Which brings us back to Amy and Nick Dunne. Once I stopped taking the pair’s smugness so personally, the work their snide, anti-Midwest pronouncements was doing became clear. Amy is assumed to be unhappy in slow, slack-witted North Carthage, and that assumption allows Amy to conjure the diary entries that prove to be part of a sociopathic revenge scheme over Nick’s affair. Amy gets to use unhappiness with North Carthage against Nick, because this is how Nick was thinking about Amy: “Here in Missouri, the women shop at Target, they make diligent comforting meals, they laugh about how little high school Spanish they remember. Competition doesn’t interest them. Amy’s relentless achieving is greeted with open-palmed acceptance and maybe a bit of pity. It was about the worst outcome possible for my competitive wife: a town of contented also-rans.”
Amy doesn’t like the Midwest, true — it grates against her identity as Amazing Amy, the hypertalented heroine of her parents’ popular children’s books. But the burning core of her rage is at Nick, not “the goddam Mississip”; she’s just willing to exploit the less bucolic aspects of her Midwestern life (a homeless camp by the mall where she claims to buy a gun, an embarrassingly gullible neighbor) to exact her revenge on him. When she really lets fly against Missouri, it’s not in the diary she uses to frame Nick; it’s in the voice of Amazingly Sociopathic Amy, her rage broad-brush enough to make us root against her: “The Midwest is full of these types of people: the nice-enoughs. Nice enough but with a soul made of plastic — easy to mold, easy to wipe down. The [neighbor’s] entire music collection is formed from Pottery Barn compilations. Her bookshelves are stocked with coffee-table crap: The Irish in America. Mizzou Football: A History in Pictures. We Remember 9/11. Something Dumb With Kittens.”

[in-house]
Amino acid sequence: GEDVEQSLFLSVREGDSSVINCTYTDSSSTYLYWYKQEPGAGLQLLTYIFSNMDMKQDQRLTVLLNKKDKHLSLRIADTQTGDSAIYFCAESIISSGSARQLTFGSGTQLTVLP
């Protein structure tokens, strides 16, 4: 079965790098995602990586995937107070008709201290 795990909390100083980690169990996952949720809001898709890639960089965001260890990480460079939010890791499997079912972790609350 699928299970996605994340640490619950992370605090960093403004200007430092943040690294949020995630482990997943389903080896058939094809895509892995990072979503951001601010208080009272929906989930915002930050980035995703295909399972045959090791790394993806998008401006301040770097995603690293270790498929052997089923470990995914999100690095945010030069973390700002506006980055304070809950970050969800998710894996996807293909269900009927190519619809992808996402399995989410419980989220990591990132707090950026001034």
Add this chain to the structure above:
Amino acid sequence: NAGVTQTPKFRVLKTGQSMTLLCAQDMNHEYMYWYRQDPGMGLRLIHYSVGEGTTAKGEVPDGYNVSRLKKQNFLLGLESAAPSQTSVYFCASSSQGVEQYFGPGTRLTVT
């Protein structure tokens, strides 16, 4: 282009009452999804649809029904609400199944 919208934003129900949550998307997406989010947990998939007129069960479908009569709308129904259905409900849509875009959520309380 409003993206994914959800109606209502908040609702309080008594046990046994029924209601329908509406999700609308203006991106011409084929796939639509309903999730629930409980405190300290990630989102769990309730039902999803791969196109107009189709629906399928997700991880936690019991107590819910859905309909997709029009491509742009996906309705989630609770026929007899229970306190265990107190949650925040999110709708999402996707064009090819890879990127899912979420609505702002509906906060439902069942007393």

“The Midwest is full of these types of people: the nice-enoughs. Nice enough but with a soul made of plastic — easy to mold, easy to wipe down.A quiet farming community where folks know each other isn’t playing straight, Flynn knows. But neither is Something Dumb With Kittens.
A perspective on the Midwest that nuanced doesn’t translate well to the screen, though. So it’s not surprising David Fincher’s 2014 film adaptation of Gone Girl — based on a script by Flynn — soft-pedals the critiques. North Carthage more closely resembles the Southern city that Camille’s editor thought of when he thought of Missouri. Maybe Flynn was concerned that the layers of irony in Nick and Amy’s lines in the book wouldn’t get over. In any event, in the film Amy holds fire on a direct shot at the place until very late in the movie, when her horribleness is clear: “You think you’d be happy with a nice Midwestern girl? No way baby. I’m it.”
“I’m very stubborn about the Midwest,” Flynn told the Tribune in 2012. “To me it’s great, underexploited literary terrain that’s fun to roam around in. It has a strangely exotic feel to it because it’s so underwritten and underused in literature.” What Flynn is rejecting, though, is what’s been overwritten and overused about the Midwest — the hominess, the coziness, the politeness. Instead, she turns that identity against itself, the same way martial artists use an opponent’s weight to their advantage. Everyone in the Midwest is a gritty psychopath and general bad person — what could be more refreshing?
Mark Athitakis has written on books for many publications. He lives in Phoenix but grew up in Chicago. His Reading the Midwest column appears monthly in Belt.